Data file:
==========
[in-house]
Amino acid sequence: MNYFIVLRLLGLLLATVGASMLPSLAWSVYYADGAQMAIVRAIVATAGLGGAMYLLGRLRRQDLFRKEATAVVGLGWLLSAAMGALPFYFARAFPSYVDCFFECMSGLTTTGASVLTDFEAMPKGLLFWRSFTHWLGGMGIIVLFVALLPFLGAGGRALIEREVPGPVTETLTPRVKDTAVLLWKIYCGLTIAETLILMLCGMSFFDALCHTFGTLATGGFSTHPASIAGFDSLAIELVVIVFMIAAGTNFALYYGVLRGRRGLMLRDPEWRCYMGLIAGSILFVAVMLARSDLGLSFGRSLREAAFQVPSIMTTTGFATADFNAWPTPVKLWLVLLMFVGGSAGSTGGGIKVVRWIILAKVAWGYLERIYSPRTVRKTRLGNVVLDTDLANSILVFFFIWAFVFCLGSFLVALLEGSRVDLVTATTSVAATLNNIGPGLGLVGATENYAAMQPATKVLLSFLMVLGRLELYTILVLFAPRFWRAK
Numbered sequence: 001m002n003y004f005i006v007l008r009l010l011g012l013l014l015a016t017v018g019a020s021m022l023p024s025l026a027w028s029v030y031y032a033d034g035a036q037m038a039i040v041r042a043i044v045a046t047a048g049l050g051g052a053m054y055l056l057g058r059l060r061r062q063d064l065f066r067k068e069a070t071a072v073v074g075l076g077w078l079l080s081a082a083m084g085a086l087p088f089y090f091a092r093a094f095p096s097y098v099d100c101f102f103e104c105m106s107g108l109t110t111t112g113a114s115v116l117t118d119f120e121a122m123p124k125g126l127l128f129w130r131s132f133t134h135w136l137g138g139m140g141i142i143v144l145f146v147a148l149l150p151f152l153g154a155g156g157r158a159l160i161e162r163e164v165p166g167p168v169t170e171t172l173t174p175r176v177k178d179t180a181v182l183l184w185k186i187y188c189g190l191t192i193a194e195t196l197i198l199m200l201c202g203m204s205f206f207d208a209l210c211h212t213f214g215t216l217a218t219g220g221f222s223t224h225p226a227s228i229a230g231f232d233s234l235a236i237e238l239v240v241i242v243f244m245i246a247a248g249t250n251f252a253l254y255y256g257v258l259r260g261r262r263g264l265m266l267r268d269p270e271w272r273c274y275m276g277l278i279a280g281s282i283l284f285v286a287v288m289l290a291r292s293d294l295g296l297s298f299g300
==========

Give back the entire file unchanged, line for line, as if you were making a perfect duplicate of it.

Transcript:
[in-house]
Amino acid sequence: MNYFIVLRLLGLLLATVGASMLPSLAWSVYYADGAQMAIVRAIVATAGLGGAMYLLGRLRRQDLFRKEATAVVGLGWLLSAAMGALPFYFARAFPSYVDCFFECMSGLTTTGASVLTDFEAMPKGLLFWRSFTHWLGGMGIIVLFVALLPFLGAGGRALIEREVPGPVTETLTPRVKDTAVLLWKIYCGLTIAETLILMLCGMSFFDALCHTFGTLATGGFSTHPASIAGFDSLAIELVVIVFMIAAGTNFALYYGVLRGRRGLMLRDPEWRCYMGLIAGSILFVAVMLARSDLGLSFGRSLREAAFQVPSIMTTTGFATADFNAWPTPVKLWLVLLMFVGGSAGSTGGGIKVVRWIILAKVAWGYLERIYSPRTVRKTRLGNVVLDTDLANSILVFFFIWAFVFCLGSFLVALLEGSRVDLVTATTSVAATLNNIGPGLGLVGATENYAAMQPATKVLLSFLMVLGRLELYTILVLFAPRFWRAK
Numbered sequence: 001m002n003y004f005i006v007l008r009l010l011g012l013l014l015a016t017v018g019a020s021m022l023p024s025l026a027w028s029v030y031y032a033d034g035a036q037m038a039i040v041r042a043i044v045a046t047a048g049l050g051g052a053m054y055l056l057g058r059l060r061r062q063d064l065f066r067k068e069a070t071a072v073v074g075l076g077w078l079l080s081a082a083m084g085a086l087p088f089y090f091a092r093a094f095p096s097y098v099d100c101f102f103e104c105m106s107g108l109t110t111t112g113a114s115v116l117t118d119f120e121a122m123p124k125g126l127l128f129w130r131s132f133t134h135w136l137g138g139m140g141i142i143v144l145f146v147a148l149l150p151f152l153g154a155g156g157r158a159l160i161e162r163e164v165p166g167p168v169t170e171t172l173t174p175r176v177k178d179t180a181v182l183l184w185k186i187y188c189g190l191t192i193a194e195t196l197i198l199m200l201c202g203m204s205f206f207d208a209l210c211h212t213f214g215t216l217a218t219g220g221f222s223t224h225p226a227s228i229a230g231f232d233s234l235a236i237e238l239v240v241i242v243f244m245i246a247a248g249t250n251f252a253l254y255y256g257v258l259r260g261r262r263g264l265m266l267r268d269p270e271w272r273c274y275m276g277l278i279a280g281s282i283l284f285v286a287v288m289l290a291r292s293d294l295g296l297s298f299g300